World music, and that of Veracruz, Mexico, in particular, came to Carmel on Friday. That’s when Son de Madera, an internationally-known band, performed at the Tarkington Theatre at the Center for the Performing Arts.
The four-piece group consisting of Ramon Gutierrez on mandolin, Natalia Arroyo Rodriguez, violin, Oscar Teran, bass and Joe Andres “Tereso” Vega, jarana and harmonica, was presented in partnership with the Mexican Consulate of Indianapolis.
atombash.com observed that amongst the partially filled audience, of which the majority were Latinos, many seemed to be Spanish speakers. That estimation was based on audience members’ audible responses to comments made by the musicians when introducing songs throughout the program. It wasn’t until Act 2 that English was spoken by several band members when addressing the crowd. It’s unfortunate that English lyrics for the songs or at least a synopsis for each was not made available in the printed program for those present who were not fluent in Spanish.
Suffice to say, this non-Spanish speaker reviewer later reached out to E Angeles Martinez Mier, a local resident who is a native of Veracruz. She very graciously provided translation assistance so that writer could adequately review the concert.
Son de Madera, founded in 1992, specializes in interpreting Son Jarocho, a sensual musical and percussive dance genre from Veracruz, where the band is based. They have long been at the forefront of a musical revival of the genre while incorporating new sounds and stylistic perspectives.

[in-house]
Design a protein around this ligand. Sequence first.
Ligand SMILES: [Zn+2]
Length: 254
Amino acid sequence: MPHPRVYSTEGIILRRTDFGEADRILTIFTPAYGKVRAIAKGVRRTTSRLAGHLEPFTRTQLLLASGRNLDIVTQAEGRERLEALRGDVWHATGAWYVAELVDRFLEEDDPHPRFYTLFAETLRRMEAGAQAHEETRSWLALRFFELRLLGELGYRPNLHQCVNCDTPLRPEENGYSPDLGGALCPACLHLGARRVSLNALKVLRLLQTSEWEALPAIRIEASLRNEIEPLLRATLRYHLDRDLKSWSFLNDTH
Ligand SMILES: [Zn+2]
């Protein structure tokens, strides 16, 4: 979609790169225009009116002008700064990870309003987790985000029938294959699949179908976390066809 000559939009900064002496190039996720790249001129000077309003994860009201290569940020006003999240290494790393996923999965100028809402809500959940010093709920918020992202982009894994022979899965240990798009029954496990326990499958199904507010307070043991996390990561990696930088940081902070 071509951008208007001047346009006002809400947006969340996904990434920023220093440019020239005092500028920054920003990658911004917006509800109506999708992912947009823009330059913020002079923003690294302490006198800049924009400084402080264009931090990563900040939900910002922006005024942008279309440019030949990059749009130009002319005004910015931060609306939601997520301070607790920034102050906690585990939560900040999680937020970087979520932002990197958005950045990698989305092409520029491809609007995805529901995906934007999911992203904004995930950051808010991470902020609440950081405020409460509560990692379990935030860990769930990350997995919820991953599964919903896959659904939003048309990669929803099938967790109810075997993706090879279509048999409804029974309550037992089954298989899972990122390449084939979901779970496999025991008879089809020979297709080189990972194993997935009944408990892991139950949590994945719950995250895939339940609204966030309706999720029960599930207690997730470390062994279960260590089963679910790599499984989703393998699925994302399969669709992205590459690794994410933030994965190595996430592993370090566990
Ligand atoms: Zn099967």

Titles included on the band’s song list in Act 1 included “El Balaju, “El Camotal,” “El Gallo,” “El Coco,” “El Torito Abajeño,” “Los Chiles Verdes,” and “El Cascabel.” Act 2 songs were “La lloroncita,” “El Pájaro Cu Los Monos Nuevos,” “El Gavilancito,” “Jarabe Gatuno,” “La Iguana,” and “El Pescador.”
Many of the songs performed by Son de Madera derive from folktales. “El Camotal” (the sweet potato/yam field) is a song about a peasant who grew sweet potatoes. “El Gallo” (the rooster) is about the love of a man for his woman. “Los Chiles Verdes” is about a man’s love for his woman. “El Pescador” is about a fisherman from Veracruz.
For an encore, Son de Madera performed “La Bamba.” Originally from Veracruz, the song is best known from a 1958 adaptation by Ritchie Valens. A top 40 hit in the U.S, it was one of early rock and roll’s most popular songs.
The designer who created the gorgeous lighting for the concert was not credited in the printed program but this writer discovered that it was a Tarkington technical staff member. Whoever was responsible deserves plaudits for creating an atmosphere that was as exotic as the hypnotic Son Jorocho music played by the band.
Cuban-born Tania Castroverde Moskalenko, president and CEO of the Center, is primarily responsible who booking its acts. She deserves praise for presenting groups such as Son de Madera and thereby exposing local audiences to international artists and diverse cultural experiences which only serve to enrich Central Indiana as well as the region.
For tickets and information about the remainder of the 2015-2016 Center for the Performing Arts season call (317) 843-3800 or visit thecenterfortheperformingarts.org.